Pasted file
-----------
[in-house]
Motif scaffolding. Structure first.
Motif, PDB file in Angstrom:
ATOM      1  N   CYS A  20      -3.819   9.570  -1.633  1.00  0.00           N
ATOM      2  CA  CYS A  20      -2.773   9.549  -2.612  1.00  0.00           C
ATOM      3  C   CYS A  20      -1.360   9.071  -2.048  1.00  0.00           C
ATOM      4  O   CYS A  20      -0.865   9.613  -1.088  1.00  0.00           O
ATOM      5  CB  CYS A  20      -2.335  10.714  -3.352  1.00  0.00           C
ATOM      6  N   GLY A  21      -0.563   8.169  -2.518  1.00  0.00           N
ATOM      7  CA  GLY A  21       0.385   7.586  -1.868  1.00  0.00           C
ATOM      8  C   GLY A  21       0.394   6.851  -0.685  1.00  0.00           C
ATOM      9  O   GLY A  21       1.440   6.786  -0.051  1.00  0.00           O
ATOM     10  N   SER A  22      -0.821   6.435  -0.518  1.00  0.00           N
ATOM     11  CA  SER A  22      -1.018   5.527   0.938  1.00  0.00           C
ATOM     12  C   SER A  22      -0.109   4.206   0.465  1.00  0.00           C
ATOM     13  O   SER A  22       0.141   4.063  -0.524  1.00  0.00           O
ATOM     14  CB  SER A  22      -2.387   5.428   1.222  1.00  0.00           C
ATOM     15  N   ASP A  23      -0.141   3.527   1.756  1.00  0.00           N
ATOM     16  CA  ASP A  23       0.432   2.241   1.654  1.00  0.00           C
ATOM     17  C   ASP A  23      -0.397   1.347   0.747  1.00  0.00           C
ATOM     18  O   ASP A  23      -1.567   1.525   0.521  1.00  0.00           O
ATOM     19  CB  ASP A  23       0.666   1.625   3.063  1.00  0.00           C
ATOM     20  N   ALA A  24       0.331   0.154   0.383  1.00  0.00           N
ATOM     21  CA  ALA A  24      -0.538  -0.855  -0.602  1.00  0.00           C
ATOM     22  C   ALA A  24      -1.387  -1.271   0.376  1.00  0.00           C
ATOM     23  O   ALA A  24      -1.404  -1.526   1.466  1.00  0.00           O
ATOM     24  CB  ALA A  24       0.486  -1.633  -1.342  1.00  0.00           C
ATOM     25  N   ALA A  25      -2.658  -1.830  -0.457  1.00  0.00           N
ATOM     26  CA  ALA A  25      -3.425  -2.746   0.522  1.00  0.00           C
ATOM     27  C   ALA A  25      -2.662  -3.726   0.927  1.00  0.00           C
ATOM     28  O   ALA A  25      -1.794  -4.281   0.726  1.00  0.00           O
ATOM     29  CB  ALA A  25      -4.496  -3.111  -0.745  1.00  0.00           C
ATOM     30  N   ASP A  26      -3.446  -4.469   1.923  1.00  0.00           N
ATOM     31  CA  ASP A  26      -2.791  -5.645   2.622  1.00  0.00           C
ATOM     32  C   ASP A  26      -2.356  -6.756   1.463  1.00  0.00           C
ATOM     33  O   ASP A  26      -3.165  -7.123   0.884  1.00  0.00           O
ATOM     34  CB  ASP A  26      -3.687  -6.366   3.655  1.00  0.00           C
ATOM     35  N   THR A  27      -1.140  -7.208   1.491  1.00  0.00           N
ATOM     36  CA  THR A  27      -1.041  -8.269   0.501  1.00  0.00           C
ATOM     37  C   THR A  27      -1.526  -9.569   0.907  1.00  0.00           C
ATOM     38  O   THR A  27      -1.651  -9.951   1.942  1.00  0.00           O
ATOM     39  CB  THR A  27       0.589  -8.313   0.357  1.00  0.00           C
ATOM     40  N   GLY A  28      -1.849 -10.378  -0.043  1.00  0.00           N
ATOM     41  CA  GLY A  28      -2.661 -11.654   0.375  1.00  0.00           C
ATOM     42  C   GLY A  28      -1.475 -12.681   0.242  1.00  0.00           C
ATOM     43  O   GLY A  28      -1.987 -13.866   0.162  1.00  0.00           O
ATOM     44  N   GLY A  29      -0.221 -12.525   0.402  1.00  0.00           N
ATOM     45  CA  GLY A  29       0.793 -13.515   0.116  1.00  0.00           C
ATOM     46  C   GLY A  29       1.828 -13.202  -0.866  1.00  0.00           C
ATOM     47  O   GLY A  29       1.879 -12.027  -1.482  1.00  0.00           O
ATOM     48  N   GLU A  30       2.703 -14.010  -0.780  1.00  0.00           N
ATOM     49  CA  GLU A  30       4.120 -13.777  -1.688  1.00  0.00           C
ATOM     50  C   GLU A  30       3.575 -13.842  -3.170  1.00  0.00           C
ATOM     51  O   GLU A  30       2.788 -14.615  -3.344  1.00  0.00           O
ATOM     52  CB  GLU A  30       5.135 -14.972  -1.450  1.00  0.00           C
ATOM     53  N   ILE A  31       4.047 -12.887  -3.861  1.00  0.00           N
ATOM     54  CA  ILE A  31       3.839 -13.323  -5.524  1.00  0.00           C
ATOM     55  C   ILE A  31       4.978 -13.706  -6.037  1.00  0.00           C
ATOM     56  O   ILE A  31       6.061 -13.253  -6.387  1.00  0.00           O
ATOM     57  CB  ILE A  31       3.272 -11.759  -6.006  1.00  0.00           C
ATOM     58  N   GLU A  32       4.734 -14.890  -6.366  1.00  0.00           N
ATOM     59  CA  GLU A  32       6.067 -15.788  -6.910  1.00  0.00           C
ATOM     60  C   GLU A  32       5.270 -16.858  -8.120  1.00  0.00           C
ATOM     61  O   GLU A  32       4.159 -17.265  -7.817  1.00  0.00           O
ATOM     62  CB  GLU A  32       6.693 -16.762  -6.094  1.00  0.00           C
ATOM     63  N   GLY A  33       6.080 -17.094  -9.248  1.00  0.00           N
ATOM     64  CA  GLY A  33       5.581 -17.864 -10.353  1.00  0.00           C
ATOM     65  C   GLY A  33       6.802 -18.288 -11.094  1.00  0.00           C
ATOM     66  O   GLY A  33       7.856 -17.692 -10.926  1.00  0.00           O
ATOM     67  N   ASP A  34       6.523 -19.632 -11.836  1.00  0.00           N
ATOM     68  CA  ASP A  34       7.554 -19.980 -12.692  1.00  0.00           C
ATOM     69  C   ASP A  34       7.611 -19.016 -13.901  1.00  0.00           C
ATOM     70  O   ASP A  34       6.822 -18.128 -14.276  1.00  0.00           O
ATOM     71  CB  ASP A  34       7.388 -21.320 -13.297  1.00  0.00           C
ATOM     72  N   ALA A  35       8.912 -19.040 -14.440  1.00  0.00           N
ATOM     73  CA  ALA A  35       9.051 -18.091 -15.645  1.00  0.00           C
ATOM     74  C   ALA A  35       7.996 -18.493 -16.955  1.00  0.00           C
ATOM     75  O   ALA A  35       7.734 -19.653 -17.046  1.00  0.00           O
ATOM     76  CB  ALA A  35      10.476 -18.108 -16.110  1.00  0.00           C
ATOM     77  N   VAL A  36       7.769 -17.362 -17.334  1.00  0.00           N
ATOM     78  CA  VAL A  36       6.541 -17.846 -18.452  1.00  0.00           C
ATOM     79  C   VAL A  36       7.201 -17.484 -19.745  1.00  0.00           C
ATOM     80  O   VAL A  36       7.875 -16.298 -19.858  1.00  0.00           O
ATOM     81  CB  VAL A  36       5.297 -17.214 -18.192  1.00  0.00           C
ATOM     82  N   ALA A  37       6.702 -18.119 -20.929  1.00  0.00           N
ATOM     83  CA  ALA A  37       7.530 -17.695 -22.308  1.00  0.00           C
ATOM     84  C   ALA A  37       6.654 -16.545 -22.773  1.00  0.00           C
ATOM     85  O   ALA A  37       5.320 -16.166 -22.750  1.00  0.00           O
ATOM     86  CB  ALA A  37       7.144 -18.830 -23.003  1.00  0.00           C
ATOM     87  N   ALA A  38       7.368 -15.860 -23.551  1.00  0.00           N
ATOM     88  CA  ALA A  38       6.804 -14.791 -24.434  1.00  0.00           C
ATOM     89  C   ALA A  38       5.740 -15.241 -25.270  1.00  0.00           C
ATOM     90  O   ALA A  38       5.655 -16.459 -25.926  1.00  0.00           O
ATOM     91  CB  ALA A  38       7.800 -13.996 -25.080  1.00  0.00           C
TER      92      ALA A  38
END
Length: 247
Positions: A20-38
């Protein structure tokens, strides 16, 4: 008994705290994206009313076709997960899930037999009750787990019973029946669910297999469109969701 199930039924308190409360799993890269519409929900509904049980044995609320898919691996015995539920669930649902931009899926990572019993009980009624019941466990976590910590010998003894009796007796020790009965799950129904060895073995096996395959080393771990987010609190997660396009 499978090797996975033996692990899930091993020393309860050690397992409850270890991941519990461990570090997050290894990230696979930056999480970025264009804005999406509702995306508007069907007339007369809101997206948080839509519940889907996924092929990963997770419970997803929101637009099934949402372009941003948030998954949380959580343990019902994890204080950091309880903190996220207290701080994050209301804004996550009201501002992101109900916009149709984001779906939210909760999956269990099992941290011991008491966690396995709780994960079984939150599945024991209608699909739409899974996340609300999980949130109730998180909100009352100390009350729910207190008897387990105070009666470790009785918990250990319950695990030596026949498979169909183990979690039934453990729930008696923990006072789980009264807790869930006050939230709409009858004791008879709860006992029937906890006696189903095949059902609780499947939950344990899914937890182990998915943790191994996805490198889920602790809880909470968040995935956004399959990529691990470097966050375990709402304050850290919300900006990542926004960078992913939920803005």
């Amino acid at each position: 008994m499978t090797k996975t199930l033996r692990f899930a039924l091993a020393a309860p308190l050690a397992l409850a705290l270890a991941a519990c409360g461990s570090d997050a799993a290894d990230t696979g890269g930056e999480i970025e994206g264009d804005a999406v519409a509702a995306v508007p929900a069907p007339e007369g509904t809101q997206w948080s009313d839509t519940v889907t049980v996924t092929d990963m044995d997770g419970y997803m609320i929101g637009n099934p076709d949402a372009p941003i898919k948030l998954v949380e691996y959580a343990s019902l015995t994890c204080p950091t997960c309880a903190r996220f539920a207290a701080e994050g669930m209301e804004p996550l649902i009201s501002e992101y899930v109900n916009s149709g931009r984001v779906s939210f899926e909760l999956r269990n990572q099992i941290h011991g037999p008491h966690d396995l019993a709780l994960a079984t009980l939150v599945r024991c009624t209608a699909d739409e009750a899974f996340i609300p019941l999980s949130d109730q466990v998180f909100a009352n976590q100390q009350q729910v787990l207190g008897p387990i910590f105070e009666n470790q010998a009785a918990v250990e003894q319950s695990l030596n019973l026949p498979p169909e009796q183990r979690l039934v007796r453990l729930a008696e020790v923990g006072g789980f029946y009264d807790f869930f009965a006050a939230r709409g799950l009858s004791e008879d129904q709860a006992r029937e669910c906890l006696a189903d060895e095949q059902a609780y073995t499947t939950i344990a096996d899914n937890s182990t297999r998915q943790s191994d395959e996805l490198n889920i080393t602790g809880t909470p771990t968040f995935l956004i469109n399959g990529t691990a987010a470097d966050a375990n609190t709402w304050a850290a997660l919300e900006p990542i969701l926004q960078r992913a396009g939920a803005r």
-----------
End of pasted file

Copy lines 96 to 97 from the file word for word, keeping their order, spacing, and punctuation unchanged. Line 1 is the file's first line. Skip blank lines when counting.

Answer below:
END
Length: 247